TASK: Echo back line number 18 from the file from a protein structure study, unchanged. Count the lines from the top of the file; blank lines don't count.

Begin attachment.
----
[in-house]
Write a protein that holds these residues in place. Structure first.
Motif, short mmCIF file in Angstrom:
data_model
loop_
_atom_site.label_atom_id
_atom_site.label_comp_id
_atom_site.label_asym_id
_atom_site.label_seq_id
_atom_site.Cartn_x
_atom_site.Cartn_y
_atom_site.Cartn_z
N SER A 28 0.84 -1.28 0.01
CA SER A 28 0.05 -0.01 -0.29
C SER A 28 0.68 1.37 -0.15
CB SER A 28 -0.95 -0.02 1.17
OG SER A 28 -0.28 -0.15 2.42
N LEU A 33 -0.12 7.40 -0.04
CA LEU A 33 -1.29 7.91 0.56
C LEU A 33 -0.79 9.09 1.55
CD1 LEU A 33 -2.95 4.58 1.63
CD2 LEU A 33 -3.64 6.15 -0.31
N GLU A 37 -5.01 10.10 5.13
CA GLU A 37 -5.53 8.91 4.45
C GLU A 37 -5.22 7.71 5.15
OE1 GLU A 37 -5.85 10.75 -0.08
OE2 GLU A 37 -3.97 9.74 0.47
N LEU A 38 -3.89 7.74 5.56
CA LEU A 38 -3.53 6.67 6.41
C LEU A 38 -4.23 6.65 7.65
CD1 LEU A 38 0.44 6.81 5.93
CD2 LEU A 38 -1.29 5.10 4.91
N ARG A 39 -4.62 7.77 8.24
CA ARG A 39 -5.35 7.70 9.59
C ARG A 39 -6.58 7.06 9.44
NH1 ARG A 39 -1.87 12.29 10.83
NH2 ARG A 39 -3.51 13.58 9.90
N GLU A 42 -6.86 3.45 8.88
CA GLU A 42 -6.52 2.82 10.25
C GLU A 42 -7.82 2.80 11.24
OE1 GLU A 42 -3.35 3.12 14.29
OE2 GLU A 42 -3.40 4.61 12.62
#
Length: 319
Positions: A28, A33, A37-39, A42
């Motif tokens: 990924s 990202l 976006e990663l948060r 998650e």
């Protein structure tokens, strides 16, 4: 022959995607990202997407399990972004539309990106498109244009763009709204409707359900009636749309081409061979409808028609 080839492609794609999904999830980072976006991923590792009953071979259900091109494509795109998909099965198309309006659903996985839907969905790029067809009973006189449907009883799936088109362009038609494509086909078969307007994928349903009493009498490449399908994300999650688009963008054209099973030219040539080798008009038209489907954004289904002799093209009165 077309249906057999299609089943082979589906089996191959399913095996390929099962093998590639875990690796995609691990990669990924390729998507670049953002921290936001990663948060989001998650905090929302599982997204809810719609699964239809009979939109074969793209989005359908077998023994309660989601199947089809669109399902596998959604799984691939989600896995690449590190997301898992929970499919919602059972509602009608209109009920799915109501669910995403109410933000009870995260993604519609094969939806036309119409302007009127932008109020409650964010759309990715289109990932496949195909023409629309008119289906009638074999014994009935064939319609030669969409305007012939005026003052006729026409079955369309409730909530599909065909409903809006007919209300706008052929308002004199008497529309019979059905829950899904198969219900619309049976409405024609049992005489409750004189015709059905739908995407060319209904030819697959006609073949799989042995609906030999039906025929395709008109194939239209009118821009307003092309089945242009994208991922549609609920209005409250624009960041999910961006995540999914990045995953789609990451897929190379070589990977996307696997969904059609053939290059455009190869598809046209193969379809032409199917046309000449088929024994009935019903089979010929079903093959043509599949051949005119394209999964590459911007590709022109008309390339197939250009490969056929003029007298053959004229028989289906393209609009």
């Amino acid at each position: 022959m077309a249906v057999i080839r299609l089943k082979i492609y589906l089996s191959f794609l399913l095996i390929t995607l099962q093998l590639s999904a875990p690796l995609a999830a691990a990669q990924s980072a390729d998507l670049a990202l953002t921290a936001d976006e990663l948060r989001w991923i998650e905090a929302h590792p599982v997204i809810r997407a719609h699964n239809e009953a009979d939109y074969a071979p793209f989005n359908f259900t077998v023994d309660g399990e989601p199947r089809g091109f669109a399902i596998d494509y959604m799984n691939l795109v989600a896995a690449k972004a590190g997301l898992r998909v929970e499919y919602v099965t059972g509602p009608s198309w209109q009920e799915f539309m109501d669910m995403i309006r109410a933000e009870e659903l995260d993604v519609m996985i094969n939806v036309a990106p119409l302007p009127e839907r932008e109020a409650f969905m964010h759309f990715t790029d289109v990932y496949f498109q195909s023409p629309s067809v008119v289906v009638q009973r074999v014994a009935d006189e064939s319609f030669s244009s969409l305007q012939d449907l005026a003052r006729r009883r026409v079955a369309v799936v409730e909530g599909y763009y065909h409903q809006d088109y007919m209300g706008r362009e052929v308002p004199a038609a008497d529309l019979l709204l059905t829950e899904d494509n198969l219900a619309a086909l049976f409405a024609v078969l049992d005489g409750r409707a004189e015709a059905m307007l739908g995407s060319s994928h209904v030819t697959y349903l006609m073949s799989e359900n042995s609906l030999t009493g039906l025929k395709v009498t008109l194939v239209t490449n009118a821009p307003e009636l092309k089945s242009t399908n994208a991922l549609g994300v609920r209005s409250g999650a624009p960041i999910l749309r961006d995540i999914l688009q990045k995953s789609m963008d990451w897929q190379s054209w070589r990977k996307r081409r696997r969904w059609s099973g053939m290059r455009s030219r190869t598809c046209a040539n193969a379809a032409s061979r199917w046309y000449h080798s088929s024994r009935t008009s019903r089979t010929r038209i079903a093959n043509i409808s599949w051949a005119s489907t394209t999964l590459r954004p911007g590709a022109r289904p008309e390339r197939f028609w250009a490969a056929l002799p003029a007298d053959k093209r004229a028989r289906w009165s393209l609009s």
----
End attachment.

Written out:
N LEU A 33 -0.12 7.40 -0.04